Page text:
• Body Dysmorphic Disorder. CBT can be useful in the treatment of childhood Body Dysmorphic Disorder (BDD), provided it is appropriately tailored, and incorporates Exposure and Ritual Prevention (ERP). Such CBT can include making lists of the pros and cons of changing BDD behaviors to start with, along with making an “anxiety hierarchy” of BDD-related scenarios. The child can then work with the therapist on exposing themselves to these situations while not ritualizing, starting with the least anxiety-provoking situation. This would include homework assignments. Some studies have incorporated perceptual retraining, helping children to see their entire body when looking in mirrors, rather than honing in on specific details in a compulsive fashion. Parents can be enlisted in helping children with homework activities, and can give small rewards for positive results. CBT should also incorporate psychoeducation and encourage the use of distraction techniques, along with re-engagement with social and other enjoyable activities.

When considering drug treatments for pediatric OC spectrum


• Be sure to assess for suicidal thoughts and thoughts of self-harm at baseline and during treatment (there is some evidence that SSRIs can increase suicidal ideations in depressed non-adults, and this should be mentioned where relevant).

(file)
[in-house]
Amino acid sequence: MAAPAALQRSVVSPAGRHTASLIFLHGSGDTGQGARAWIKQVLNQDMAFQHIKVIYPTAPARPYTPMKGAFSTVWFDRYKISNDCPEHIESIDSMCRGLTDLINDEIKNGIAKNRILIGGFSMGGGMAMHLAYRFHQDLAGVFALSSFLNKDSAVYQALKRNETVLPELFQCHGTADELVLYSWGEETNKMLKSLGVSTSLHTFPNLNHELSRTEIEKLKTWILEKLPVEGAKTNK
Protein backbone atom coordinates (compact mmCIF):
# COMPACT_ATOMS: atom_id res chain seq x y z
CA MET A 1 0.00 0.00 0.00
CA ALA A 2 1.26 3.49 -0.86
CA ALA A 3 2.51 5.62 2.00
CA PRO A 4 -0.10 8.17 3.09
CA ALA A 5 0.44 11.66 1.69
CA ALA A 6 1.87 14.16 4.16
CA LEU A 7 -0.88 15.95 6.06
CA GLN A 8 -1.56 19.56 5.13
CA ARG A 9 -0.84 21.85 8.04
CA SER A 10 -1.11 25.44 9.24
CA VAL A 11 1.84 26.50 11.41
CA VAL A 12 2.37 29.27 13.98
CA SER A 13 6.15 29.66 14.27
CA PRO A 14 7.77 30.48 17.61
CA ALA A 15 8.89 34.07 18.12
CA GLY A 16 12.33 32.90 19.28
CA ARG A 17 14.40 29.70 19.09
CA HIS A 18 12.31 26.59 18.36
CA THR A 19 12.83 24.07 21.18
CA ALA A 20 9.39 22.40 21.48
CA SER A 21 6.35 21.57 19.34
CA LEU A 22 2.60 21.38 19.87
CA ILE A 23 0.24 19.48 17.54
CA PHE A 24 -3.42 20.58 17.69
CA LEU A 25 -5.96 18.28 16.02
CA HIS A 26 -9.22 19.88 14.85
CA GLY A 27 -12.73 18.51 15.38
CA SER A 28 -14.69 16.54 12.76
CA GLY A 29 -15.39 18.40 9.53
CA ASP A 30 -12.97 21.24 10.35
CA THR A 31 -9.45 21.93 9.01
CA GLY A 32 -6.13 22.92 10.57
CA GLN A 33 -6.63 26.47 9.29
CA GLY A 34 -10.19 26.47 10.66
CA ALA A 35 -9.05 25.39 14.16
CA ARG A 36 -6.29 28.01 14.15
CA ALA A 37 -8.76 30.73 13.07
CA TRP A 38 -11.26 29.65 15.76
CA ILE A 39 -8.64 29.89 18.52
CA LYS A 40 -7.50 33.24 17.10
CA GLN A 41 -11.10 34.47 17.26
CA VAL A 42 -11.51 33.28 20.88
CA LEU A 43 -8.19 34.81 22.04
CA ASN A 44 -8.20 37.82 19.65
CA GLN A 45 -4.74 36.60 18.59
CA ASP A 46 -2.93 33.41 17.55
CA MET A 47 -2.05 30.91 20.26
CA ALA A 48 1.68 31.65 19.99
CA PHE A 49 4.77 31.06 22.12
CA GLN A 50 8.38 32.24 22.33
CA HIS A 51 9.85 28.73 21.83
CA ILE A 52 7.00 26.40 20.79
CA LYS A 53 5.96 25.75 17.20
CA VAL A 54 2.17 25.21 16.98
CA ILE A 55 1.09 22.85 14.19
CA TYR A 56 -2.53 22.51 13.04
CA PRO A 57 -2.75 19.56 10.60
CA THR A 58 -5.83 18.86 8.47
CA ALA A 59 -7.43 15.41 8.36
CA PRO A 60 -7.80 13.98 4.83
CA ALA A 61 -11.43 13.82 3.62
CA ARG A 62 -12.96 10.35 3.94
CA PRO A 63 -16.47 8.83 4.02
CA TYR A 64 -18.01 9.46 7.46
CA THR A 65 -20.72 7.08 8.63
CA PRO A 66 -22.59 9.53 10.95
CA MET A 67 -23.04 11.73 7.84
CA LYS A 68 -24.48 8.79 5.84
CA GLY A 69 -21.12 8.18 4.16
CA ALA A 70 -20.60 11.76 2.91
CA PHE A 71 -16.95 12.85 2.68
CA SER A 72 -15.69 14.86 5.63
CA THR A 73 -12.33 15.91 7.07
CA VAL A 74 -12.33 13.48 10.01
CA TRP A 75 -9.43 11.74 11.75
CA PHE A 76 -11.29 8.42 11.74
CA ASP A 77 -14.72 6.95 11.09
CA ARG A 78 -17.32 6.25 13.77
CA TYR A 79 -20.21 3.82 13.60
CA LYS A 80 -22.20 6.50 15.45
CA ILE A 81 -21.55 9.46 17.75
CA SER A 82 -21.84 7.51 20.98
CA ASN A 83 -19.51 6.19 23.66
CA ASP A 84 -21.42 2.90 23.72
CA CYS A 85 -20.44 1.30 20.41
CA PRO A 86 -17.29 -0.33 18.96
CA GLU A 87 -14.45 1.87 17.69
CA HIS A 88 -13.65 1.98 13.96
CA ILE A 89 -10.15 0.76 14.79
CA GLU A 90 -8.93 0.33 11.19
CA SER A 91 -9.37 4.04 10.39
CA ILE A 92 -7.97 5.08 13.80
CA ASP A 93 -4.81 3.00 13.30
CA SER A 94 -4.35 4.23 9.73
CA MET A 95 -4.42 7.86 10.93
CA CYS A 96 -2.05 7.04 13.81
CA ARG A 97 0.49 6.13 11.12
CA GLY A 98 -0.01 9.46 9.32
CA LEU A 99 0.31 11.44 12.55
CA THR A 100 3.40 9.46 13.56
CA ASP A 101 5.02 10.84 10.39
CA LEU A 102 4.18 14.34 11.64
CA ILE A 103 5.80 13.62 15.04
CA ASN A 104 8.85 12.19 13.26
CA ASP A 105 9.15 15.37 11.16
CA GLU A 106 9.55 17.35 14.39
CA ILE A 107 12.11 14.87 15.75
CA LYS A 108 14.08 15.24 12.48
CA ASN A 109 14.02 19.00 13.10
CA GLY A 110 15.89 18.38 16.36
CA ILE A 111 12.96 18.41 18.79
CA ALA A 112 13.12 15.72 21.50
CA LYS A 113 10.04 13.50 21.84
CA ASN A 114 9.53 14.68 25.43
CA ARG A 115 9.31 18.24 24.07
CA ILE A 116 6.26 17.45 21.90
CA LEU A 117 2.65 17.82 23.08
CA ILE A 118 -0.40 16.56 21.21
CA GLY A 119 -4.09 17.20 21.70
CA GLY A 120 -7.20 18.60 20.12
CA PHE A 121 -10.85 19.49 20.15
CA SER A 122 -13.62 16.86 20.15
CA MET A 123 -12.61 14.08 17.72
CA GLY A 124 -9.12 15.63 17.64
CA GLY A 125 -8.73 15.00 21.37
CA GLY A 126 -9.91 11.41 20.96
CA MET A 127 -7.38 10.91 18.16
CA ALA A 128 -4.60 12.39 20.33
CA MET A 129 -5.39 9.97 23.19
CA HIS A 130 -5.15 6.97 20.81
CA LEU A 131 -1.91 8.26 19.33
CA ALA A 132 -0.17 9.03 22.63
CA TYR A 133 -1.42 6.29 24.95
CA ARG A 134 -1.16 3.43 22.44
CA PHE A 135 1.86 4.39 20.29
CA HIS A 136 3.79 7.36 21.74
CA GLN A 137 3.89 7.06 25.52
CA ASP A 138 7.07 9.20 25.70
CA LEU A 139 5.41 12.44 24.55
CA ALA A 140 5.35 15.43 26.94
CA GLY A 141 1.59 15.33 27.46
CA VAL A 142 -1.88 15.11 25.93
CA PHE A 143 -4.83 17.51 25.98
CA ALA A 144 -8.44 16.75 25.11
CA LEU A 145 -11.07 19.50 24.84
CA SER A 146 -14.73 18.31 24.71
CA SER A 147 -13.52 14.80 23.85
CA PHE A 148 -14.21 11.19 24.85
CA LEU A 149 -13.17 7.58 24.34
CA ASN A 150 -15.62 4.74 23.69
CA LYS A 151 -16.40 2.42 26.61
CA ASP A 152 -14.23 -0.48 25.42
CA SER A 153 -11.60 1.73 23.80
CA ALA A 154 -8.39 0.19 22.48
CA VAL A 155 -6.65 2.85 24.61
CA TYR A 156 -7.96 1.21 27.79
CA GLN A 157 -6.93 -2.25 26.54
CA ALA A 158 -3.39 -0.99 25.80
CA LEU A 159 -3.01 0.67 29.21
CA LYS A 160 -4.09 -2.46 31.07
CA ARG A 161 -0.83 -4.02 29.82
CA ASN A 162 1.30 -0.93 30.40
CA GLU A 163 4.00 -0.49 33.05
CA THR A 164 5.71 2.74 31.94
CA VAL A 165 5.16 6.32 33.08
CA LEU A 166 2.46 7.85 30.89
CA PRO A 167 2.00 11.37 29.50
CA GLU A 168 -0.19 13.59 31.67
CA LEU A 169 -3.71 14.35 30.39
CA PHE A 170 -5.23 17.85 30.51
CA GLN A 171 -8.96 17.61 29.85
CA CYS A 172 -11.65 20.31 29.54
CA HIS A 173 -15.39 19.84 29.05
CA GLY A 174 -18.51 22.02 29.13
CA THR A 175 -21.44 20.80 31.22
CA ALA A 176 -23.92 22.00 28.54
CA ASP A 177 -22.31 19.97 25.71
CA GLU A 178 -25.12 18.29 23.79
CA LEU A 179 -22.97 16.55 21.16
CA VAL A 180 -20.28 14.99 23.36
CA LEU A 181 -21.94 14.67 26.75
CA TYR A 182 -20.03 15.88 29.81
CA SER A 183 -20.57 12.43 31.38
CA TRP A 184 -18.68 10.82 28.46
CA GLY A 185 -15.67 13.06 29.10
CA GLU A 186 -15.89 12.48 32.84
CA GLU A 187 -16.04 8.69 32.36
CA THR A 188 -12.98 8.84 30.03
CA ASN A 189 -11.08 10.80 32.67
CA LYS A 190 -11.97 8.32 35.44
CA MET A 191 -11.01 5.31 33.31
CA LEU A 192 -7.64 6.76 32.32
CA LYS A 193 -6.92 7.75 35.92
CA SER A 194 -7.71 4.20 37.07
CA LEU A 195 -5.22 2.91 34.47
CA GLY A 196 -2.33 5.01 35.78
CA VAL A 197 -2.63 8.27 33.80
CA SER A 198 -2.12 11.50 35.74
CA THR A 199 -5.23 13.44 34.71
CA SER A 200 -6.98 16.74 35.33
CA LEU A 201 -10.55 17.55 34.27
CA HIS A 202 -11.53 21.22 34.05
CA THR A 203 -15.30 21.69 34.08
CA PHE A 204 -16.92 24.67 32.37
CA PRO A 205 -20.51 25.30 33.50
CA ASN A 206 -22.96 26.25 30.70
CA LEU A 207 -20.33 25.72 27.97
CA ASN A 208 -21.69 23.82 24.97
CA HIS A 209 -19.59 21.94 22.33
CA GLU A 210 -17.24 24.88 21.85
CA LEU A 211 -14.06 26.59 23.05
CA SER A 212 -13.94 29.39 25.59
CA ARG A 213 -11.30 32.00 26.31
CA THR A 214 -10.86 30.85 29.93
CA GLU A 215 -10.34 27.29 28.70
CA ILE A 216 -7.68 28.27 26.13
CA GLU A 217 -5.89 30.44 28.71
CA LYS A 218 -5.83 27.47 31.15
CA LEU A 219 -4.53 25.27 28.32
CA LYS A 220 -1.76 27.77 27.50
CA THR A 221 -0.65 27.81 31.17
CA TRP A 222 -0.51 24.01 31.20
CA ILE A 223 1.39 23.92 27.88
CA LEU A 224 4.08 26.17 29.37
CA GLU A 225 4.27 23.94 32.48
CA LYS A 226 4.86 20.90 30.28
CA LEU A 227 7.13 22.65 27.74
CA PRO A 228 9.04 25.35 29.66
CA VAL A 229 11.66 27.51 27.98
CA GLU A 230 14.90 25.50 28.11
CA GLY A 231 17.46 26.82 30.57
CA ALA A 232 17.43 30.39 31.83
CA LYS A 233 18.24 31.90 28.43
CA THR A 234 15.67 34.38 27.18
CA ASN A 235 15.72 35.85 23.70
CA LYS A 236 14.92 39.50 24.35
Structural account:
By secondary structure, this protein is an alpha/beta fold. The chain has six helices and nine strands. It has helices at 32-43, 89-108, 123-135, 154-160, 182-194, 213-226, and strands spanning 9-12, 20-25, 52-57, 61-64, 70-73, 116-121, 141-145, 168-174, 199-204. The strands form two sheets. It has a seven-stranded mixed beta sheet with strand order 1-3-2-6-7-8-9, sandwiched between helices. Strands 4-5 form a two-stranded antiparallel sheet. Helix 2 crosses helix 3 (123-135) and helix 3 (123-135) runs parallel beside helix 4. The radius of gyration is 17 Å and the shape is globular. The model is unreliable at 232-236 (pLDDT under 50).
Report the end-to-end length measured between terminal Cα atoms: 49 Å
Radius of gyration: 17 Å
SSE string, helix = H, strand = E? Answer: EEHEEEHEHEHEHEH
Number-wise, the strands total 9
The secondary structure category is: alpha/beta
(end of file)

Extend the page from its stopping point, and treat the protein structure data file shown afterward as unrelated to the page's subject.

• • Warn patients and their families that
  • • Side effects are more common when treatment is first started. If side effects can be tolerated, they often settle down with time.
  • • OC symptoms may get worse initially (over the first 1-2 weeks of treatment).
  • • Beneficial effects take time to show themselves; for most OC spectrum disorders, medication at a therapeutic dose for 8-12 weeks is needed before deciding whether or not the treatment has led to benefits.
  • • Monitoring is needed for some kinds of medication (e.g., with antipsychotic medication, which would require physicals, blood tests, and ECG/EKG).

Disorder-specific pharmacological options for pediatric OC spectrum disorders are summarized below in Table 10.1. You should also refer to the disorder-relevant chapter elsewhere in this book.